The following is a guest post by Cameron C. Taylor, author of Does Your Bag Have Holes: 24 Truths That Lead to Financial and Spiritual Freedom. Be sure to check out his blog at his website, doesyourbaghaveholes.org!
In 1974, there was a track meet held in Tennessee with some of the greatest athletes of the day. Because of the caliber of the athletes, everyone was hoping that a new world record would be set in the 100-yard dash. One of the runners was Ivory Crockett. Before the race, the television cameras filmed Ivory Crockett folding up a little piece of paper and sticking it in his shoe. Everybody wondered what Ivory Crockett had put in his shoe. A buzz went through the crowd. Everyone was discussing why he had stuck a piece of paper in his shoe.
The starter said, â€œRunners, to your marks. Get set,â€ and shot the gun. Ivory Crockett came out low with his legs churning. He had a perfect start and ran a perfect race. He pulled ahead of the pack and came across the finish line in first place. The race went so quickly that everyone was excited to see what the time would be. Had Ivory Crockett set a new world record? The official time had Ivory Crockett at 9.0â€”a new world record. Ivory Crockett had just run the fastest 100-yard dash in the history of the world.
The crowd went wild and the press ran down to Ivory Crockett, congratulating him on the new world record. He was now “the world’s fastest man.” The question everybody wanted to know was what was in his shoe? Ivory Crockett sat down, unlaced his track shoes and he pulled out of his shoe a little piece of paper. He unfolded it to the camera. It very simply read: â€œ9.0â€. The Los Angeles Times described the event with the headline “Immortality in 9 Seconds Flat.” Crockett said of setting the record, “It was a real good feeling to do something no one else had done before [and] be among the other athletes like Bob Hayes [world recorder holder at 9.1 seconds for 11 years] who I had revered all my life.”
There is great power in goals and dreams. â€œA study was done on Yale Universityâ€™s graduating class. It asked seniors a long list of questions about themselves, and three questions had to do with goals. They were, â€œDo you set goals?â€ â€œDo you write them down?â€ and â€œDo you have an action plan to accomplish them?â€ Only three percent of the class answered yes to those questions. Twenty years later, a follow-up study was done. It turned out that the three percent who had said yes to goals reported that they were more happily married, were more successful in the careers they had chosen, had a more satisfactory family life, and had better health. And listen to this. Ninety-seven percent of the net worth of that graduating class was in the hands of that three percent!â€ (Lou Tice, Personal Coaching for Results, (Nashville: Nelson, 1997) p. 93)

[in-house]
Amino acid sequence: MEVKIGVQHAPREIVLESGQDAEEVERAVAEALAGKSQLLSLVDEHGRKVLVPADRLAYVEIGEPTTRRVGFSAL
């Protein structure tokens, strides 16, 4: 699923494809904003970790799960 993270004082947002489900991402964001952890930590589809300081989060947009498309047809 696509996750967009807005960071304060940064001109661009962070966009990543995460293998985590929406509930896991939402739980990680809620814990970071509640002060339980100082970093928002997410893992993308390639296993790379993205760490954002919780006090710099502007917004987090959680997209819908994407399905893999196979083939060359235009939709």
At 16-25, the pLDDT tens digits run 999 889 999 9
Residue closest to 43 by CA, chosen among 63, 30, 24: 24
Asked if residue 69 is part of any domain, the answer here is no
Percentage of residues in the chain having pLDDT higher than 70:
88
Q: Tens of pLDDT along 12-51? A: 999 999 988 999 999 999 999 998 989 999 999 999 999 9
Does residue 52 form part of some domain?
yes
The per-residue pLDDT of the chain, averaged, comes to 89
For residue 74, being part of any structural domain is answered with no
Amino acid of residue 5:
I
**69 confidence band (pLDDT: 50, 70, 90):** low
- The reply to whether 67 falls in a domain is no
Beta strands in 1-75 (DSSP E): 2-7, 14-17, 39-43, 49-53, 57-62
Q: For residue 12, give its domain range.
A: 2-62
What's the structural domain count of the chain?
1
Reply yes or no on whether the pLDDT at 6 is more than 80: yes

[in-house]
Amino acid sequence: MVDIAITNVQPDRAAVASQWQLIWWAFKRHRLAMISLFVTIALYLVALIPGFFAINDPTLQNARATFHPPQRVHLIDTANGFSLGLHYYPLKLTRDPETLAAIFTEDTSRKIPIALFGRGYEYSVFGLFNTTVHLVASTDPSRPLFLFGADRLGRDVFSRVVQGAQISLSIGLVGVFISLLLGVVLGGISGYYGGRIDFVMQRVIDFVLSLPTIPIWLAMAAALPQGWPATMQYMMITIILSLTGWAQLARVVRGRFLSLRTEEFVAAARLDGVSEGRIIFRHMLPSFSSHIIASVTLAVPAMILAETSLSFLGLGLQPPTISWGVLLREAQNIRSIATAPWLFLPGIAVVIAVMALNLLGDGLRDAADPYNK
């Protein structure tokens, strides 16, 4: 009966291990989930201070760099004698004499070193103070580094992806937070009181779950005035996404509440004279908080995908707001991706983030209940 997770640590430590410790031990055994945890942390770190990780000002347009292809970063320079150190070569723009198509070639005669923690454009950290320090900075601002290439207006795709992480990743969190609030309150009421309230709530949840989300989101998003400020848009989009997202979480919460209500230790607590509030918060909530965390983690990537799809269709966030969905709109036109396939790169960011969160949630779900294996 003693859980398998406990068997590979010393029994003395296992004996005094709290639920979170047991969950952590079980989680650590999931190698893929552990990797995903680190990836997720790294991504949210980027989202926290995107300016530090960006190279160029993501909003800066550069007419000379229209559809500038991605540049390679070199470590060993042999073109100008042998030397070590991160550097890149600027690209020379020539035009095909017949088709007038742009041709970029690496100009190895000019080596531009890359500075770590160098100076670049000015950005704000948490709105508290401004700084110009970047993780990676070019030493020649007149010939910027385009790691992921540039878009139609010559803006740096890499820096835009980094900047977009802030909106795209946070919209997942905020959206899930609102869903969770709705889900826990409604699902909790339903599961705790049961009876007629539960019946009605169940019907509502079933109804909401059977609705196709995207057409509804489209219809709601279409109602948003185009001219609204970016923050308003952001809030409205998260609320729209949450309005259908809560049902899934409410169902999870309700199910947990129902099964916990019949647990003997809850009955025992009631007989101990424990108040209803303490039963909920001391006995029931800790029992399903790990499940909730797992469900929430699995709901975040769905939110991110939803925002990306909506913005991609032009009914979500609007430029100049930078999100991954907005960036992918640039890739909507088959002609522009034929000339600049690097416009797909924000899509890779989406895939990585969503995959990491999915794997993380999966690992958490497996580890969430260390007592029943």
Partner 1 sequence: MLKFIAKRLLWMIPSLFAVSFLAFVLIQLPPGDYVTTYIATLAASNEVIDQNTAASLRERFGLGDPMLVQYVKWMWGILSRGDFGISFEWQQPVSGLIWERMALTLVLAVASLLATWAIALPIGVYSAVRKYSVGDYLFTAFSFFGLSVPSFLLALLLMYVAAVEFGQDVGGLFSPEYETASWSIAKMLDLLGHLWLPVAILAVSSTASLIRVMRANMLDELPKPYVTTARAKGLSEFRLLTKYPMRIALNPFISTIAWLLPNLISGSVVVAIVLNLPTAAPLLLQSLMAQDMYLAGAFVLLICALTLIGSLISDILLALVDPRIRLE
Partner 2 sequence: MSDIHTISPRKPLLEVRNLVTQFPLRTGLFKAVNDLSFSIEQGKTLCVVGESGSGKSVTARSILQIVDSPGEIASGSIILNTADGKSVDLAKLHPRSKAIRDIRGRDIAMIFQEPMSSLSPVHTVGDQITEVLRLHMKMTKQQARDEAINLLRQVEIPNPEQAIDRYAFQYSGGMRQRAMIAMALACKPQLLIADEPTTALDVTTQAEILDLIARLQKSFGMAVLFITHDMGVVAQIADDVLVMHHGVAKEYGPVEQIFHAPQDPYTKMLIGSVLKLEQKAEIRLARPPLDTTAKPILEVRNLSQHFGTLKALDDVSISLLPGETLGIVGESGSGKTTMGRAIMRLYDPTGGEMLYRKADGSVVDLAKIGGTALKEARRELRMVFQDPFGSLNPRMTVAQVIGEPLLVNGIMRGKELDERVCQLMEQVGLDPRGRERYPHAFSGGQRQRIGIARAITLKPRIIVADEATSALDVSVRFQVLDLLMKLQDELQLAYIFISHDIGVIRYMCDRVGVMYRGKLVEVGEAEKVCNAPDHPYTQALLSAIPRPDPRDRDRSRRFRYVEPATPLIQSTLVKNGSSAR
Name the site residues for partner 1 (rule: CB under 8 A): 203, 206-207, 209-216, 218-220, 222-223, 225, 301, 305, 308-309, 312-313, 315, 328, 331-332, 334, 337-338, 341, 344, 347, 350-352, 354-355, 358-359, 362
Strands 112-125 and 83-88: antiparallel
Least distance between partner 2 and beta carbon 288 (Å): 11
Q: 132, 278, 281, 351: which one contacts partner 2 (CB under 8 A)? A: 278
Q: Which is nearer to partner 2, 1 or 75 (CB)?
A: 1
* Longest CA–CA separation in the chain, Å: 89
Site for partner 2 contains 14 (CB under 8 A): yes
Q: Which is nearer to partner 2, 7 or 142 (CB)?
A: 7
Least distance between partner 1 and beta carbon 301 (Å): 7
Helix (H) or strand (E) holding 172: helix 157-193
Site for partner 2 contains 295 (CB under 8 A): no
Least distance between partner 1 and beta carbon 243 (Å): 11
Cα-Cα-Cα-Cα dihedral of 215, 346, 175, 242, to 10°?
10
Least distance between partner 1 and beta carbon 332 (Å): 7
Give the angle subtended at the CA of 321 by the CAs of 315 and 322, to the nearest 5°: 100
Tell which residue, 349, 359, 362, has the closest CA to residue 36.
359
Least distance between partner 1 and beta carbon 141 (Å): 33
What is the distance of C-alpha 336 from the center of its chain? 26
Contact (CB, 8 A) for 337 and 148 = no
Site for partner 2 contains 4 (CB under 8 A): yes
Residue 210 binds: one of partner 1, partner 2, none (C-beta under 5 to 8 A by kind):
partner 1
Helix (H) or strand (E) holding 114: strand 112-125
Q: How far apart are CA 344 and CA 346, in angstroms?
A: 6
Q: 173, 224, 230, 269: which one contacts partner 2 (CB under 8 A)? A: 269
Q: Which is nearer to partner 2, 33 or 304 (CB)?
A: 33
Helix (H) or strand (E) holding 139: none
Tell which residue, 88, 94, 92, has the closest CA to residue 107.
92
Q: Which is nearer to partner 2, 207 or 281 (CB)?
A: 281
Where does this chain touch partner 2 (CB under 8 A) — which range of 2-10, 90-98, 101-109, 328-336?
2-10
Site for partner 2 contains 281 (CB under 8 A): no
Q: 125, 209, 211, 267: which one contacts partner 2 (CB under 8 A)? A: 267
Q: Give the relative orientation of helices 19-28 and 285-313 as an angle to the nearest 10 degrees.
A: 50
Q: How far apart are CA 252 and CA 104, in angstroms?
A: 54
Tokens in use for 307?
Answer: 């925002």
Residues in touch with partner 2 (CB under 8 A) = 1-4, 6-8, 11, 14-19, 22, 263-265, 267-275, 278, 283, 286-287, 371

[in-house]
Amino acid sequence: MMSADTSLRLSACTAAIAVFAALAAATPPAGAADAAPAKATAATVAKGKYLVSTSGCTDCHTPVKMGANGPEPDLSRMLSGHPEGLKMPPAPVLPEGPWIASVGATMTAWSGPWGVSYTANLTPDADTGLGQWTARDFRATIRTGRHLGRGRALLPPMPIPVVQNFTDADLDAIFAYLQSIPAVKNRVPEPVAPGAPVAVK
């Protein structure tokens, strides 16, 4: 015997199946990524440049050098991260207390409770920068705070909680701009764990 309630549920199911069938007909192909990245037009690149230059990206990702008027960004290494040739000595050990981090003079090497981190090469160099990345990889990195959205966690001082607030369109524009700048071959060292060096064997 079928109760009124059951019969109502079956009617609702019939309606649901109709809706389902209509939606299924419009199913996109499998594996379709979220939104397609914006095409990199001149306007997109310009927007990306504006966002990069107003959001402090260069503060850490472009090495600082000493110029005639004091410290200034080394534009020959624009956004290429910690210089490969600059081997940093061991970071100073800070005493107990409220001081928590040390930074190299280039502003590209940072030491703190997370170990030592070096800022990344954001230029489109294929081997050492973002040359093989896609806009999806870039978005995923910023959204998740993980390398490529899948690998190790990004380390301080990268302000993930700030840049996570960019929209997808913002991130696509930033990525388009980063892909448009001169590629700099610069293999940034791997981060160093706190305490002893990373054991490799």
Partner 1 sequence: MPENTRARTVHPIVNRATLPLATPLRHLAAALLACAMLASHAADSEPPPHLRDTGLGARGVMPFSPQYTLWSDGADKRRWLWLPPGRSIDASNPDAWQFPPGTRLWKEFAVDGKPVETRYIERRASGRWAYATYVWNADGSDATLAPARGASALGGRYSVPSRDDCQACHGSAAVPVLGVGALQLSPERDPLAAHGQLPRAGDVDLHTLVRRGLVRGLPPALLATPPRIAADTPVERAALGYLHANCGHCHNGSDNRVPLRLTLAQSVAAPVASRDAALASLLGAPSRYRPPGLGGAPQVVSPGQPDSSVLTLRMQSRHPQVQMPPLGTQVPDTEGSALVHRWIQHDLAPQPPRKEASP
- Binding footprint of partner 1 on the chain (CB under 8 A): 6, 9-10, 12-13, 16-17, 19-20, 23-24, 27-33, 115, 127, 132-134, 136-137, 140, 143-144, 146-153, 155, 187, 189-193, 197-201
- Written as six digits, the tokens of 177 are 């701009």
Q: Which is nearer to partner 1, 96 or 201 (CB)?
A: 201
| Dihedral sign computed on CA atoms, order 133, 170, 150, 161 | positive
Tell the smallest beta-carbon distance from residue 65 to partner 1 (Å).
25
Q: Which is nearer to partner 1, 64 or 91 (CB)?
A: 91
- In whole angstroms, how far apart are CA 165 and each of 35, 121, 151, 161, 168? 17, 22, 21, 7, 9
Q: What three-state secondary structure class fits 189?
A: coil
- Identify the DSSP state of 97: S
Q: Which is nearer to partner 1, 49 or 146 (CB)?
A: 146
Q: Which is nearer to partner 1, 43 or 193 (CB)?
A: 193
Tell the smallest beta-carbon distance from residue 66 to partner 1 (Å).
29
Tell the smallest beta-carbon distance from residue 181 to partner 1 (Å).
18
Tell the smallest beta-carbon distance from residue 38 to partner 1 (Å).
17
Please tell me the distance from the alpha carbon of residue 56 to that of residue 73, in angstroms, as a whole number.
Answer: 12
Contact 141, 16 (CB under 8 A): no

You have to have dreams and goals to make progress and achieve greatness. â€œYour progress toward success begins with a fundamental question: Where are you going? Definiteness of purpose is the starting point of all achievement, and its lack is the stumbling block for ninety-eight out of every hundred people simply because they never really define their goals and start toward them. Study every person you think of who has achieved lasting success, and you will find that each one has had a definite purpose. Each had a plan for reaching that goal, and each devoted the greatest part of his or her thoughts and efforts to that end.â€ (Napoleon Hill, Keys to Success, (New York: Penguin, 1994) p. 1)
Many people live life backwards. They take what life gives them. You should define your ideal life and then go out and get it. Dreams and goals inspire us to achieve our full potential. Defining your goals and dreams will help you discover and live the purposeful, joyful, abundant life God created you to enjoy.